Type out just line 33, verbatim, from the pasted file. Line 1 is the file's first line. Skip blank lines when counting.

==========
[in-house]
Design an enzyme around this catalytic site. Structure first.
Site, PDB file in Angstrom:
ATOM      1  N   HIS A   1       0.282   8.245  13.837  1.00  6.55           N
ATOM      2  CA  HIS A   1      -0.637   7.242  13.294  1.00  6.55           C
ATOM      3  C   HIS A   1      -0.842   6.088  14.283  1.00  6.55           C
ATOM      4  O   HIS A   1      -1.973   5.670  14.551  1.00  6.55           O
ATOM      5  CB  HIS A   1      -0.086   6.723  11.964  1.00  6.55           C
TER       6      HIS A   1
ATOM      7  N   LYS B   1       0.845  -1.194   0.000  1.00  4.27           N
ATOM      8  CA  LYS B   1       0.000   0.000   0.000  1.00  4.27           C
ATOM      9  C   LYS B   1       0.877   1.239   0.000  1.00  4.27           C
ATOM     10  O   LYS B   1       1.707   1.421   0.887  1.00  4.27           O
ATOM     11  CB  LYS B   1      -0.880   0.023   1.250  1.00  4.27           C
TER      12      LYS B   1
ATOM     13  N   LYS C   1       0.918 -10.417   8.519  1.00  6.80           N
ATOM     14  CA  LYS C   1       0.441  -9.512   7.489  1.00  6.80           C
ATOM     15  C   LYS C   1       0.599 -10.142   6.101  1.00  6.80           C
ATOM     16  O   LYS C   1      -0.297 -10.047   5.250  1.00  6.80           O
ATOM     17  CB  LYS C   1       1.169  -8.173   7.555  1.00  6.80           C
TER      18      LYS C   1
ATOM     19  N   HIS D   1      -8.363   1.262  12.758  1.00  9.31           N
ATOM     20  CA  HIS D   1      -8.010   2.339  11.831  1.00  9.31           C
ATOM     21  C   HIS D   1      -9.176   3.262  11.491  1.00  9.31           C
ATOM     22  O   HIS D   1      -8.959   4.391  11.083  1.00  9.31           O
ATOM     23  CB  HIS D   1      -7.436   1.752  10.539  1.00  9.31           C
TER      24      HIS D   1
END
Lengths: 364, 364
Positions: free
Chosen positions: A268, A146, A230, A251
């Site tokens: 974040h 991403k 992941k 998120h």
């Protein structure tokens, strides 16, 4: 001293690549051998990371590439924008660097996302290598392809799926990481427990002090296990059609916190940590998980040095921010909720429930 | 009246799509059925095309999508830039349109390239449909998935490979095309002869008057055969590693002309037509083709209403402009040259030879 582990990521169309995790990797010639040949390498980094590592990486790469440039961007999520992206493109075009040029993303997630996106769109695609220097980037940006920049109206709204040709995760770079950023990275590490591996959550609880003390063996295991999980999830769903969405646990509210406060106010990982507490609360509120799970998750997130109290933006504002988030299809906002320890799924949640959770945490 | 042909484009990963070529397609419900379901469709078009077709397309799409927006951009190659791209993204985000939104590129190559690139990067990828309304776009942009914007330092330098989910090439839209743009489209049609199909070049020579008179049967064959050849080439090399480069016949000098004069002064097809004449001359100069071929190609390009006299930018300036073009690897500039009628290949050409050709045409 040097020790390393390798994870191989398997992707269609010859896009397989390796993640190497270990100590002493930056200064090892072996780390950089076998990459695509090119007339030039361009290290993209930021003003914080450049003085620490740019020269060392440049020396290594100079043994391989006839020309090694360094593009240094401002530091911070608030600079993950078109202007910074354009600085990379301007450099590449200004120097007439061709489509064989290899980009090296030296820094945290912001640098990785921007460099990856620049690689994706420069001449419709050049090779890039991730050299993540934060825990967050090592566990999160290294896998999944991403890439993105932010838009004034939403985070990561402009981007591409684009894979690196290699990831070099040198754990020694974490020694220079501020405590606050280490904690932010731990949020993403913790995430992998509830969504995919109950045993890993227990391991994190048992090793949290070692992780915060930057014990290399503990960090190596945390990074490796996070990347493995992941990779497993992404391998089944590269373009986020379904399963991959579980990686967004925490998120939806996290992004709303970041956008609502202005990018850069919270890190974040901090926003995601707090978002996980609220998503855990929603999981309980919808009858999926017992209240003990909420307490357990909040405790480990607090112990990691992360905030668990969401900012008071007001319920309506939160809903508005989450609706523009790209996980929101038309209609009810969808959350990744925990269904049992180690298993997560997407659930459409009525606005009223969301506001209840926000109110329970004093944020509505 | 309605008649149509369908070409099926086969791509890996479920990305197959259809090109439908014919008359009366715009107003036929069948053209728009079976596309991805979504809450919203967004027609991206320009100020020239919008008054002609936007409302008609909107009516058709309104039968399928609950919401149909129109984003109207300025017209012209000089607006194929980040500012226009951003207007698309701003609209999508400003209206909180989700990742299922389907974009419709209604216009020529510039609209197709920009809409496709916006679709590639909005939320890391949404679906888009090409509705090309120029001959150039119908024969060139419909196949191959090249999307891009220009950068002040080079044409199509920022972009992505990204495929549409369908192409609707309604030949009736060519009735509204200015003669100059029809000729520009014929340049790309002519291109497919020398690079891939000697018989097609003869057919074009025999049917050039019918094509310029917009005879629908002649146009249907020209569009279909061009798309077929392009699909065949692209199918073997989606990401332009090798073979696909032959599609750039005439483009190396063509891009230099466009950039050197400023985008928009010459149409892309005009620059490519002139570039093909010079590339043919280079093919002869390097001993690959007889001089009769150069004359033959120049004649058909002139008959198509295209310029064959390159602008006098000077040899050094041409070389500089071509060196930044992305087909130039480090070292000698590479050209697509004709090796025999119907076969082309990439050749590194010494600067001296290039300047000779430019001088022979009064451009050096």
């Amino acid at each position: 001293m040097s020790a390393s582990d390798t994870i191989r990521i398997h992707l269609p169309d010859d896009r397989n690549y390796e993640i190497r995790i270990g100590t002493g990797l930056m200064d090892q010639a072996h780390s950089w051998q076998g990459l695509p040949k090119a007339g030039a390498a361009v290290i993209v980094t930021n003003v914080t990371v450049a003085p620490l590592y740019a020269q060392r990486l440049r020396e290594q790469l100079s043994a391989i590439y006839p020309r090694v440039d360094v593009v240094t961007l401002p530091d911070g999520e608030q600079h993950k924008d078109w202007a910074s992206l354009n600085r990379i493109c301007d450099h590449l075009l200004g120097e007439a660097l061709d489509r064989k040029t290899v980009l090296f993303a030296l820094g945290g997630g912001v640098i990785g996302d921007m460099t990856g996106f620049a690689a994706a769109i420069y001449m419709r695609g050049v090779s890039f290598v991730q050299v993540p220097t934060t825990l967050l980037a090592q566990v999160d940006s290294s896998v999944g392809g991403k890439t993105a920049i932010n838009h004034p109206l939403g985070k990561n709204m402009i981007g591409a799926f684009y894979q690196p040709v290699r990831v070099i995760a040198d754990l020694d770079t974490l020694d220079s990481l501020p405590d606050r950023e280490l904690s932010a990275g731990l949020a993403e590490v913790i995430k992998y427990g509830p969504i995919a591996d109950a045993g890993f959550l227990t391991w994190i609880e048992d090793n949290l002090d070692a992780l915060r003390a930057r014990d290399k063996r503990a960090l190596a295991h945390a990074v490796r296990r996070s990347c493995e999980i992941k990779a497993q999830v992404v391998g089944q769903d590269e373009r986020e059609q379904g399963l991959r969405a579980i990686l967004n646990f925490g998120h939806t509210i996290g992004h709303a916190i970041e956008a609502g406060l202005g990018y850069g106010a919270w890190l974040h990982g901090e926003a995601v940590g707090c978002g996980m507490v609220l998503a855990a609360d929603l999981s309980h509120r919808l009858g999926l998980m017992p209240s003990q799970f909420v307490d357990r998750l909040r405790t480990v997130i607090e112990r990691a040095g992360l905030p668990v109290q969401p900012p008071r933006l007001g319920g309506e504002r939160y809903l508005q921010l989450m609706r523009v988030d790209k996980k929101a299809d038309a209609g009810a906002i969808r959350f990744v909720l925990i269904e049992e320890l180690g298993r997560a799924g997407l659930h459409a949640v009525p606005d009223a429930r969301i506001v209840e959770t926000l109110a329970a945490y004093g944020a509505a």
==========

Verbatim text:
């Protein structure tokens, strides 16, 4: 001293690549051998990371590439924008660097996302290598392809799926990481427990002090296990059609916190940590998980040095921010909720429930 | 009246799509059925095309999508830039349109390239449909998935490979095309002869008057055969590693002309037509083709209403402009040259030879 582990990521169309995790990797010639040949390498980094590592990486790469440039961007999520992206493109075009040029993303997630996106769109695609220097980037940006920049109206709204040709995760770079950023990275590490591996959550609880003390063996295991999980999830769903969405646990509210406060106010990982507490609360509120799970998750997130109290933006504002988030299809906002320890799924949640959770945490 | 042909484009990963070529397609419900379901469709078009077709397309799409927006951009190659791209993204985000939104590129190559690139990067990828309304776009942009914007330092330098989910090439839209743009489209049609199909070049020579008179049967064959050849080439090399480069016949000098004069002064097809004449001359100069071929190609390009006299930018300036073009690897500039009628290949050409050709045409 040097020790390393390798994870191989398997992707269609010859896009397989390796993640190497270990100590002493930056200064090892072996780390950089076998990459695509090119007339030039361009290290993209930021003003914080450049003085620490740019020269060392440049020396290594100079043994391989006839020309090694360094593009240094401002530091911070608030600079993950078109202007910074354009600085990379301007450099590449200004120097007439061709489509064989290899980009090296030296820094945290912001640098990785921007460099990856620049690689994706420069001449419709050049090779890039991730050299993540934060825990967050090592566990999160290294896998999944991403890439993105932010838009004034939403985070990561402009981007591409684009894979690196290699990831070099040198754990020694974490020694220079501020405590606050280490904690932010731990949020993403913790995430992998509830969504995919109950045993890993227990391991994190048992090793949290070692992780915060930057014990290399503990960090190596945390990074490796996070990347493995992941990779497993992404391998089944590269373009986020379904399963991959579980990686967004925490998120939806996290992004709303970041956008609502202005990018850069919270890190974040901090926003995601707090978002996980609220998503855990929603999981309980919808009858999926017992209240003990909420307490357990909040405790480990607090112990990691992360905030668990969401900012008071007001319920309506939160809903508005989450609706523009790209996980929101038309209609009810969808959350990744925990269904049992180690298993997560997407659930459409009525606005009223969301506001209840926000109110329970004093944020509505 | 309605008649149509369908070409099926086969791509890996479920990305197959259809090109439908014919008359009366715009107003036929069948053209728009079976596309991805979504809450919203967004027609991206320009100020020239919008008054002609936007409302008609909107009516058709309104039968399928609950919401149909129109984003109207300025017209012209000089607006194929980040500012226009951003207007698309701003609209999508400003209206909180989700990742299922389907974009419709209604216009020529510039609209197709920009809409496709916006679709590639909005939320890391949404679906888009090409509705090309120029001959150039119908024969060139419909196949191959090249999307891009220009950068002040080079044409199509920022972009992505990204495929549409369908192409609707309604030949009736060519009735509204200015003669100059029809000729520009014929340049790309002519291109497919020398690079891939000697018989097609003869057919074009025999049917050039019918094509310029917009005879629908002649146009249907020209569009279909061009798309077929392009699909065949692209199918073997989606990401332009090798073979696909032959599609750039005439483009190396063509891009230099466009950039050197400023985008928009010459149409892309005009620059490519002139570039093909010079590339043919280079093919002869390097001993690959007889001089009769150069004359033959120049004649058909002139008959198509295209310029064959390159602008006098000077040899050094041409070389500089071509060196930044992305087909130039480090070292000698590479050209697509004709090796025999119907076969082309990439050749590194010494600067001296290039300047000779430019001088022979009064451009050096």